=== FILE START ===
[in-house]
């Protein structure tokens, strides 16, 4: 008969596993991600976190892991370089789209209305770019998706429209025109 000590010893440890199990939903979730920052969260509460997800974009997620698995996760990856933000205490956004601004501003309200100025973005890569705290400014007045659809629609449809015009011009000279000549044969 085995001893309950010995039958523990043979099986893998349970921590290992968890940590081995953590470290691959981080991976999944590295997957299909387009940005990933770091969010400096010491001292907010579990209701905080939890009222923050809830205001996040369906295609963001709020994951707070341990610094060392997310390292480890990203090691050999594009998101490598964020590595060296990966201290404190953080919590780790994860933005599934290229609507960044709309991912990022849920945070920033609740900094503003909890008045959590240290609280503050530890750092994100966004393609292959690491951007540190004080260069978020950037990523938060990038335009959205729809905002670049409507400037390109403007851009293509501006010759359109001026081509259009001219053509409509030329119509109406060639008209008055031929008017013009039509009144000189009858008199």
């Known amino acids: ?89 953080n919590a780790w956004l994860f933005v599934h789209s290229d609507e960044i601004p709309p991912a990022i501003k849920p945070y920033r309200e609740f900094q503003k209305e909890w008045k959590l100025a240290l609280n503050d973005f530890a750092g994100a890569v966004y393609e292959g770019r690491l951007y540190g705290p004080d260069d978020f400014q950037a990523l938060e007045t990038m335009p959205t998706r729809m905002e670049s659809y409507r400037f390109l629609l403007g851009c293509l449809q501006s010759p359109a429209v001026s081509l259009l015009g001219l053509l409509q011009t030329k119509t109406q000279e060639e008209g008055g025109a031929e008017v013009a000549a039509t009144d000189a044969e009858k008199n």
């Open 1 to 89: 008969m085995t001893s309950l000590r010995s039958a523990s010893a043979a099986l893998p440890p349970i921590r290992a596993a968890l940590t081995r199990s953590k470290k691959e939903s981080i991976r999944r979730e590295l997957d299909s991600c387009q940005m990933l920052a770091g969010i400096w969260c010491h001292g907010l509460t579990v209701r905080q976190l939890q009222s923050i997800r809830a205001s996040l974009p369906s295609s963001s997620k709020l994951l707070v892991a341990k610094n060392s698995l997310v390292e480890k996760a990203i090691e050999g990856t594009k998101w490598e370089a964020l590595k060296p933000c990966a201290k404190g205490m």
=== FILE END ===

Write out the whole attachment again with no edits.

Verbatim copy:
[in-house]
């Protein structure tokens, strides 16, 4: 008969596993991600976190892991370089789209209305770019998706429209025109 000590010893440890199990939903979730920052969260509460997800974009997620698995996760990856933000205490956004601004501003309200100025973005890569705290400014007045659809629609449809015009011009000279000549044969 085995001893309950010995039958523990043979099986893998349970921590290992968890940590081995953590470290691959981080991976999944590295997957299909387009940005990933770091969010400096010491001292907010579990209701905080939890009222923050809830205001996040369906295609963001709020994951707070341990610094060392997310390292480890990203090691050999594009998101490598964020590595060296990966201290404190953080919590780790994860933005599934290229609507960044709309991912990022849920945070920033609740900094503003909890008045959590240290609280503050530890750092994100966004393609292959690491951007540190004080260069978020950037990523938060990038335009959205729809905002670049409507400037390109403007851009293509501006010759359109001026081509259009001219053509409509030329119509109406060639008209008055031929008017013009039509009144000189009858008199």
């Known amino acids: ?89 953080n919590a780790w956004l994860f933005v599934h789209s290229d609507e960044i601004p709309p991912a990022i501003k849920p945070y920033r309200e609740f900094q503003k209305e909890w008045k959590l100025a240290l609280n503050d973005f530890a750092g994100a890569v966004y393609e292959g770019r690491l951007y540190g705290p004080d260069d978020f400014q950037a990523l938060e007045t990038m335009p959205t998706r729809m905002e670049s659809y409507r400037f390109l629609l403007g851009c293509l449809q501006s010759p359109a429209v001026s081509l259009l015009g001219l053509l409509q011009t030329k119509t109406q000279e060639e008209g008055g025109a031929e008017v013009a000549a039509t009144d000189a044969e009858k008199n």
């Open 1 to 89: 008969m085995t001893s309950l000590r010995s039958a523990s010893a043979a099986l893998p440890p349970i921590r290992a596993a968890l940590t081995r199990s953590k470290k691959e939903s981080i991976r999944r979730e590295l997957d299909s991600c387009q940005m990933l920052a770091g969010i400096w969260c010491h001292g907010l509460t579990v209701r905080q976190l939890q009222s923050i997800r809830a205001s996040l974009p369906s295609s963001s997620k709020l994951l707070v892991a341990k610094n060392s698995l997310v390292e480890k996760a990203i090691e050999g990856t594009k998101w490598e370089a964020l590595k060296p933000c990966a201290k404190g205490m």